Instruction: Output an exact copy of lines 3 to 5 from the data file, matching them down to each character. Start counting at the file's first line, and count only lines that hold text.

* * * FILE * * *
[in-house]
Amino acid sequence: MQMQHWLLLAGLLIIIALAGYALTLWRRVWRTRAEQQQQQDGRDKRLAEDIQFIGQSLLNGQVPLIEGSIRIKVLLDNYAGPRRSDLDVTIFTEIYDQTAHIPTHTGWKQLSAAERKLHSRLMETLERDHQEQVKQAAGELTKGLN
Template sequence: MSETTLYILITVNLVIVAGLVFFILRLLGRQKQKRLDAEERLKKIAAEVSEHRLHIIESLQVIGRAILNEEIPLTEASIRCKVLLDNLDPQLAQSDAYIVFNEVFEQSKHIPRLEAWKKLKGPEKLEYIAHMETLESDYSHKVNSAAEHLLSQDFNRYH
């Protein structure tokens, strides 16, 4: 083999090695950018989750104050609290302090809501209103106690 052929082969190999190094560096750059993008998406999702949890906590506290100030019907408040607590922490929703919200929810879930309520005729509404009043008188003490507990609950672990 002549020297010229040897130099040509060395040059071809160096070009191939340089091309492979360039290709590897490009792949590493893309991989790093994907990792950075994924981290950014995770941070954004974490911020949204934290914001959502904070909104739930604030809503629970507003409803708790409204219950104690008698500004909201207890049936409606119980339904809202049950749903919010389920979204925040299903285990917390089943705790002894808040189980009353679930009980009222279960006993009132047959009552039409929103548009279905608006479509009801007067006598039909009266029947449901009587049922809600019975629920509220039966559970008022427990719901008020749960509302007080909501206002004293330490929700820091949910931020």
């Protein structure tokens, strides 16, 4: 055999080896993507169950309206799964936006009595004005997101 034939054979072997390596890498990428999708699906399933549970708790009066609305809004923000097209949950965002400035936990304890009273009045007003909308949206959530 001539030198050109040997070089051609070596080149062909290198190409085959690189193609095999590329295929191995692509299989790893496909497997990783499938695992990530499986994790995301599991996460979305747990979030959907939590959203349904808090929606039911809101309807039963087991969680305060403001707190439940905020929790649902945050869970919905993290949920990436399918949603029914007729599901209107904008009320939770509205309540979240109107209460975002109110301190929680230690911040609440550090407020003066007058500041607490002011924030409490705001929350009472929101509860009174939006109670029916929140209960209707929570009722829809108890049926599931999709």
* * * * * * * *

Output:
Template sequence: MSETTLYILITVNLVIVAGLVFFILRLLGRQKQKRLDAEERLKKIAAEVSEHRLHIIESLQVIGRAILNEEIPLTEASIRCKVLLDNLDPQLAQSDAYIVFNEVFEQSKHIPRLEAWKKLKGPEKLEYIAHMETLESDYSHKVNSAAEHLLSQDFNRYH
């Protein structure tokens, strides 16, 4: 083999090695950018989750104050609290302090809501209103106690 052929082969190999190094560096750059993008998406999702949890906590506290100030019907408040607590922490929703919200929810879930309520005729509404009043008188003490507990609950672990 002549020297010229040897130099040509060395040059071809160096070009191939340089091309492979360039290709590897490009792949590493893309991989790093994907990792950075994924981290950014995770941070954004974490911020949204934290914001959502904070909104739930604030809503629970507003409803708790409204219950104690008698500004909201207890049936409606119980339904809202049950749903919010389920979204925040299903285990917390089943705790002894808040189980009353679930009980009222279960006993009132047959009552039409929103548009279905608006479509009801007067006598039909009266029947449901009587049922809600019975629920509220039966559970008022427990719901008020749960509302007080909501206002004293330490929700820091949910931020």
């Protein structure tokens, strides 16, 4: 055999080896993507169950309206799964936006009595004005997101 034939054979072997390596890498990428999708699906399933549970708790009066609305809004923000097209949950965002400035936990304890009273009045007003909308949206959530 001539030198050109040997070089051609070596080149062909290198190409085959690189193609095999590329295929191995692509299989790893496909497997990783499938695992990530499986994790995301599991996460979305747990979030959907939590959203349904808090929606039911809101309807039963087991969680305060403001707190439940905020929790649902945050869970919905993290949920990436399918949603029914007729599901209107904008009320939770509205309540979240109107209460975002109110301190929680230690911040609440550090407020003066007058500041607490002011924030409490705001929350009472929101509860009174939006109670029916929140209960209707929570009722829809108890049926599931999709």